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Homo Aestheticus: Where Art Comes from and Why

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Synopses & Reviews

Publisher Comments:

All human societies throughout history have given a special place to the arts. Even nomadic peoples who own scarcely any material possessions embellish what they do own, decorate their bodies, and celebrate special occasions with music, song, and dance. A fundamentally human appetite or need is being expressed--and met--by artistic activity. As Ellen Dissanayake argues in this stimulating and intellectually far-ranging book, only by discovering the natural origins of this human need of art will we truly know what art is, what it means, and what its future might be. Describing visual display, poetic language, song and dance, music, and dramatic performance as ways by which humans have universally, necessarily, and immemorially shaped and enhanced the things they care about, Dissanayake shows that aesthetic perception is not something that we learn or acquire for its own sake but is inherent in the reconciliation of culture and nature that has marked our evolution as humans. What "artists" do is an intensification and exaggeration of what "ordinary people" do, naturally and with enjoyment--as is evident in premodern societies, where artmaking is universally practiced. Dissanayake insists that aesthetic experience cannot be properly understood apart from the psychobiology of sense, feeling, and cognition--the ways we spontaneously and commonly think and behave. If homo aestheticus seems unrecognizable in today's modern and postmodern societies, it is so because "art" has been falsely set apart from life, while the reductive imperatives of an acquisitive and efficiency-oriented culture require us to ignore or devalue the aesthetic part of our nature. Dissanayake's original and provocativeapproach will stimulate new thinking in the current controversies regarding multi-cultural curricula and the role of art in education. Her ideas also have relevance to contemporary art and social theory and will be of interest to all who care strongly about the arts and thei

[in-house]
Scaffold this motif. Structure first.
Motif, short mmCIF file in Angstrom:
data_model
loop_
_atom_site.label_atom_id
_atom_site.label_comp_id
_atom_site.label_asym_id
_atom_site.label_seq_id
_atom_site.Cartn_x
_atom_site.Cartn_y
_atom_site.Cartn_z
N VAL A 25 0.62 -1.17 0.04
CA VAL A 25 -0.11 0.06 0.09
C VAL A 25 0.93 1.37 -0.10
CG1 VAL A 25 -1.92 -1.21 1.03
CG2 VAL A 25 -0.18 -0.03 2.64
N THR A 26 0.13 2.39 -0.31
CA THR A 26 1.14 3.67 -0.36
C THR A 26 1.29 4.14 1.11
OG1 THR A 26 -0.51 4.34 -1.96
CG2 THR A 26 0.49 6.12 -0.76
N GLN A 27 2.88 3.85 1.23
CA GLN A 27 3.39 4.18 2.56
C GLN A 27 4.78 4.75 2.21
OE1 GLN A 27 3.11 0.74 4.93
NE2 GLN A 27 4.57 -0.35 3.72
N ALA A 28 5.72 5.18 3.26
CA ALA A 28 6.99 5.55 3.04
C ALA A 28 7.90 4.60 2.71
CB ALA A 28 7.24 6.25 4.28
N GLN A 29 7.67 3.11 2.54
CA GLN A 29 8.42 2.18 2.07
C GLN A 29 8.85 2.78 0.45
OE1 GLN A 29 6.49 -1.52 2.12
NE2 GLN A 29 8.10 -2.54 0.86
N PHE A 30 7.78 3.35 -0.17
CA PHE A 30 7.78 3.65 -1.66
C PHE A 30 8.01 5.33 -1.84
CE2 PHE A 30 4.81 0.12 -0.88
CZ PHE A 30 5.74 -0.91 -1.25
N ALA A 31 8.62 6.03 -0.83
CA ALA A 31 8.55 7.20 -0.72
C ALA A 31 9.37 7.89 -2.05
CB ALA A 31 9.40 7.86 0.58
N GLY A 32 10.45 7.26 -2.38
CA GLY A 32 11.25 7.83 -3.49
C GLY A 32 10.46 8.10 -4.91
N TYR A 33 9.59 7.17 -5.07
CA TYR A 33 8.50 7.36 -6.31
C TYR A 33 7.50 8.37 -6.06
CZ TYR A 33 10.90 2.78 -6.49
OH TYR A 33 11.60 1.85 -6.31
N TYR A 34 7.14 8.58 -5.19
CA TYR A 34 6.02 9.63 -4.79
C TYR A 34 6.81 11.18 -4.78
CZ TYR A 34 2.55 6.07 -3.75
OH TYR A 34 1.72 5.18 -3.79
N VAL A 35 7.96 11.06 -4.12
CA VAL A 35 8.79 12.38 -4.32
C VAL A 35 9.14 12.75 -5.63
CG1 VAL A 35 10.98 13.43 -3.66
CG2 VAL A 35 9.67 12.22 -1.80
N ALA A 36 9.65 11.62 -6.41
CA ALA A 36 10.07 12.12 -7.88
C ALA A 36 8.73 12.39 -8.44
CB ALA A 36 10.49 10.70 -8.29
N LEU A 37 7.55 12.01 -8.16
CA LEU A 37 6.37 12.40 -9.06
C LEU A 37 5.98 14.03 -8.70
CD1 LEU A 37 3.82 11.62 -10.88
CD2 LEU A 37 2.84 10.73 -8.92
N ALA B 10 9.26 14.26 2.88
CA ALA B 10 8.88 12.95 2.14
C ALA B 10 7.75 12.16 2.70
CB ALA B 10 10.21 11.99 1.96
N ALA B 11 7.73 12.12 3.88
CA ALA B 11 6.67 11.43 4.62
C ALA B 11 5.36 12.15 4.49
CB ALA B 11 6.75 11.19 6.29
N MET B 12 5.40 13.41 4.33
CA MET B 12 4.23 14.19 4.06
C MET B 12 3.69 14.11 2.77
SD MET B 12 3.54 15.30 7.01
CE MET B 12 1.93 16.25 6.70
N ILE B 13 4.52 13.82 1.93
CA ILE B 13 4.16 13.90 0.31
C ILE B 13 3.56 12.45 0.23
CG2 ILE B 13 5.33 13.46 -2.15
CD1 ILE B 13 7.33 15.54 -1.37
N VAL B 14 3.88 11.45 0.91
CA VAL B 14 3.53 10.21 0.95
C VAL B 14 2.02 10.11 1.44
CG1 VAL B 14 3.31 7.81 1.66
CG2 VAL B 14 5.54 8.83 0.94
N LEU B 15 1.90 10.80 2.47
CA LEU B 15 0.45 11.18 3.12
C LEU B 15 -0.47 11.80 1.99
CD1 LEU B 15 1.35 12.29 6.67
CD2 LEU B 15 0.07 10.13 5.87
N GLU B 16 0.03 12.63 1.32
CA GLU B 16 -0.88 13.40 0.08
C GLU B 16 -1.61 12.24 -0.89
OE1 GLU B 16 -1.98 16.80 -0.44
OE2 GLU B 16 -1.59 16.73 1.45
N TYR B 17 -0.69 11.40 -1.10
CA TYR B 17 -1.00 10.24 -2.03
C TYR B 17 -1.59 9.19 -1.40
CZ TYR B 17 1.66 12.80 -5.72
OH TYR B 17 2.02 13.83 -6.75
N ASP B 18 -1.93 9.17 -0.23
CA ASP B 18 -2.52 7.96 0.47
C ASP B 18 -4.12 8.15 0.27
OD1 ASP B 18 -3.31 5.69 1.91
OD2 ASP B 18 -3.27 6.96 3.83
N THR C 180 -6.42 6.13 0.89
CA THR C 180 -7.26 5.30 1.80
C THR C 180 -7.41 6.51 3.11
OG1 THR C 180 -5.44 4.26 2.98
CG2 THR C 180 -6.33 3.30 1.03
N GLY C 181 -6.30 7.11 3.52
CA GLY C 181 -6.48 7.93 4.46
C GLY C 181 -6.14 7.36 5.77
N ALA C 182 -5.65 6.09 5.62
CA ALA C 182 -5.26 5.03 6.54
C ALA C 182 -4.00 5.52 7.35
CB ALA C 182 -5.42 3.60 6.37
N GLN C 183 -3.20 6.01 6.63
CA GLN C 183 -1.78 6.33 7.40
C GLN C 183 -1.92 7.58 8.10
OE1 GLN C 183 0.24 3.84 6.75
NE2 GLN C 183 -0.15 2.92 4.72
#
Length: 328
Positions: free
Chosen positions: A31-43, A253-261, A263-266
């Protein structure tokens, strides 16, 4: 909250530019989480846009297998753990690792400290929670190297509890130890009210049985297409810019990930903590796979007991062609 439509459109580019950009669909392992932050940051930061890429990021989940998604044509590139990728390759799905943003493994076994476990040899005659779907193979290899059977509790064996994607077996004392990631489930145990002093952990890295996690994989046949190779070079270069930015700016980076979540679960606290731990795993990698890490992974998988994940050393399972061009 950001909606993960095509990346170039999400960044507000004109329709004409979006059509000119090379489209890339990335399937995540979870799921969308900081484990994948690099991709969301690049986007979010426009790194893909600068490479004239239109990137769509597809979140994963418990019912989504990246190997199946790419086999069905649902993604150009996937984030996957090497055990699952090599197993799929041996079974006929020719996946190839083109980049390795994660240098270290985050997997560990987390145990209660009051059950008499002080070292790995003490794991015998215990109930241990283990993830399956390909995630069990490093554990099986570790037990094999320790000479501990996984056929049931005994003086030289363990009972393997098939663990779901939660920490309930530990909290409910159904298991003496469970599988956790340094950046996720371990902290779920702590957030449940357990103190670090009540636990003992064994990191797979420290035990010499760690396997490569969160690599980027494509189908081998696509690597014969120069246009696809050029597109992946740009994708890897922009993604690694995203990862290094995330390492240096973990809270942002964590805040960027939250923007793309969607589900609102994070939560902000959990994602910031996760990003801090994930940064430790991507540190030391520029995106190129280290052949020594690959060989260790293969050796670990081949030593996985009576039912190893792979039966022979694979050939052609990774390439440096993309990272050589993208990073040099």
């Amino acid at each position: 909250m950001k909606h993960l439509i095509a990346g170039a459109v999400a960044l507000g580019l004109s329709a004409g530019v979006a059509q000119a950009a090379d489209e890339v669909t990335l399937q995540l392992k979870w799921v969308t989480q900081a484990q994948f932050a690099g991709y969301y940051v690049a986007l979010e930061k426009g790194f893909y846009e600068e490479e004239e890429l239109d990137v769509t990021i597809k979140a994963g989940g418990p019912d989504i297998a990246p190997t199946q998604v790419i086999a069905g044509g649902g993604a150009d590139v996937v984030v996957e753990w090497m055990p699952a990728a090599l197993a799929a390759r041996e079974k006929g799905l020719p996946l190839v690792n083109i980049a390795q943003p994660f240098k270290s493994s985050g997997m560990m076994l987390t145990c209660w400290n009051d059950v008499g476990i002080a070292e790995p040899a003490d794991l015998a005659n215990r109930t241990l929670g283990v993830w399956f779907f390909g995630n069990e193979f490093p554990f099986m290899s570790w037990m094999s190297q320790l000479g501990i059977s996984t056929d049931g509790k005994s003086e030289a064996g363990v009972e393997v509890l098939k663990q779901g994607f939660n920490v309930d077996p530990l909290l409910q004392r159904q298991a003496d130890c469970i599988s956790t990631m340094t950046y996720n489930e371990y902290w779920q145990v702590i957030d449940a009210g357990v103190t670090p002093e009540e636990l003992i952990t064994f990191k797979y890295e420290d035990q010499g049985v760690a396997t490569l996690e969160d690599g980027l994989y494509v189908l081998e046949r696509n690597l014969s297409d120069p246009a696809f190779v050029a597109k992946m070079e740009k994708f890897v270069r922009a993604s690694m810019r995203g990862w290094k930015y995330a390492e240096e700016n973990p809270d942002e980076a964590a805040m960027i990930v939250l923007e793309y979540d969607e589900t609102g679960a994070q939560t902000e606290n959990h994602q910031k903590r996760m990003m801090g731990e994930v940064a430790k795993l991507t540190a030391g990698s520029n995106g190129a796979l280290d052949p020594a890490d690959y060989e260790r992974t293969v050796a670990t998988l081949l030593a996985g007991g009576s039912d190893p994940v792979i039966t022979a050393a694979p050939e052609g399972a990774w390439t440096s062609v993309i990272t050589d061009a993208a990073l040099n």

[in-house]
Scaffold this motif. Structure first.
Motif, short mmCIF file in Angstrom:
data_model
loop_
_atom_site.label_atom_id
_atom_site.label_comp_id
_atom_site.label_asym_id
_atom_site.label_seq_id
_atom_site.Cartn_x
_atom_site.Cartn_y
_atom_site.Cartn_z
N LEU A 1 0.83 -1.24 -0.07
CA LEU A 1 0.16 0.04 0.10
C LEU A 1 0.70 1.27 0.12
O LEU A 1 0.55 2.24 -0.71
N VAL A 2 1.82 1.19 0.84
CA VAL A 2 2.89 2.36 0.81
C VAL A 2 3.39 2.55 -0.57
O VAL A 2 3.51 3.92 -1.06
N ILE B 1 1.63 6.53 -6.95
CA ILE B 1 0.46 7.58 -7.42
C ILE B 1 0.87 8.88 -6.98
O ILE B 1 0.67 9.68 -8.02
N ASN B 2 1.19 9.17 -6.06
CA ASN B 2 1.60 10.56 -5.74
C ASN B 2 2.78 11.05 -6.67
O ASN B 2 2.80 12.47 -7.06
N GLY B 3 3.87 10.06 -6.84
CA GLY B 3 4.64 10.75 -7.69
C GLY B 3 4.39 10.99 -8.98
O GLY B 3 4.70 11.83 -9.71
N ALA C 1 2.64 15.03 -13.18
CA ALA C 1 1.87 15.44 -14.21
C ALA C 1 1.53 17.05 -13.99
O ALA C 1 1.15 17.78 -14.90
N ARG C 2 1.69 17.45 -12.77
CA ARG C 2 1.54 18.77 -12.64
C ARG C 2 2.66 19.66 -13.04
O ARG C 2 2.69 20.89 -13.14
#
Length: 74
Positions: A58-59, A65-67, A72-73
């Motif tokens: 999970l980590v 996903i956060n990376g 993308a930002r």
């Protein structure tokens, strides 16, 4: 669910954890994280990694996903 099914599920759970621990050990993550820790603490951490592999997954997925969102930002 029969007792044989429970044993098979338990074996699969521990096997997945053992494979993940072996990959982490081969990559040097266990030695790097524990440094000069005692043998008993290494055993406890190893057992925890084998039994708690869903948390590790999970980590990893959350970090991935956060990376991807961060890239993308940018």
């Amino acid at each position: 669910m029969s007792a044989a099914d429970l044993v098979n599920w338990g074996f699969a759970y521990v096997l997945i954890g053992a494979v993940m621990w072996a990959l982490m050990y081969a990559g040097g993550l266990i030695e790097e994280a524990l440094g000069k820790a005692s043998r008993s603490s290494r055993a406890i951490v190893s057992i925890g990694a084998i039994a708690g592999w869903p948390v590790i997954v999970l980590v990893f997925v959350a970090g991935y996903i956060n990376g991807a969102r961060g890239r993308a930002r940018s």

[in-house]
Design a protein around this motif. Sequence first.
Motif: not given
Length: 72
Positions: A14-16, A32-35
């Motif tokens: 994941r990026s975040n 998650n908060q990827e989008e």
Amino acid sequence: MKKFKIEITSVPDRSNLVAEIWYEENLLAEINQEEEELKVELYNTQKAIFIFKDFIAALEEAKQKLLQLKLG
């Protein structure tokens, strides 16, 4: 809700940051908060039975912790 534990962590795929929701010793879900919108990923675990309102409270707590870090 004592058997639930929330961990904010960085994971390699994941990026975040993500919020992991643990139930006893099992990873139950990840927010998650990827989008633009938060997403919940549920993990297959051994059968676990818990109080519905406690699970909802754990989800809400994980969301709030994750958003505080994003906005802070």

Synopsis:

Dissanayake argues that art was central to human evolutionary adaptation and that the aesthetic faculty is a basic psychological component of every human being. In her view, art is intimately linked to the origins of religious practices and to ceremonies of birth, death, transition, and transcendence. Drawing on her years in Sri Lanka, Nigeria, and Papua New Guinea, she gives examples of painting, song, dance, and drama as behaviors that enable participants to grasp and reinforce what is important to their cognitive world. --Publishers Weekly

A wide-ranging essay on the place of art in human evolution and in the future, at once learned and spirited.--Howard Gardner, Harvard University

Ellen Dissanayake's book is the most forceful rejoinder I've read so far to the trivializing pessimism of postmodernist art theory.--Kenneth Baker, San Francisco Chronicle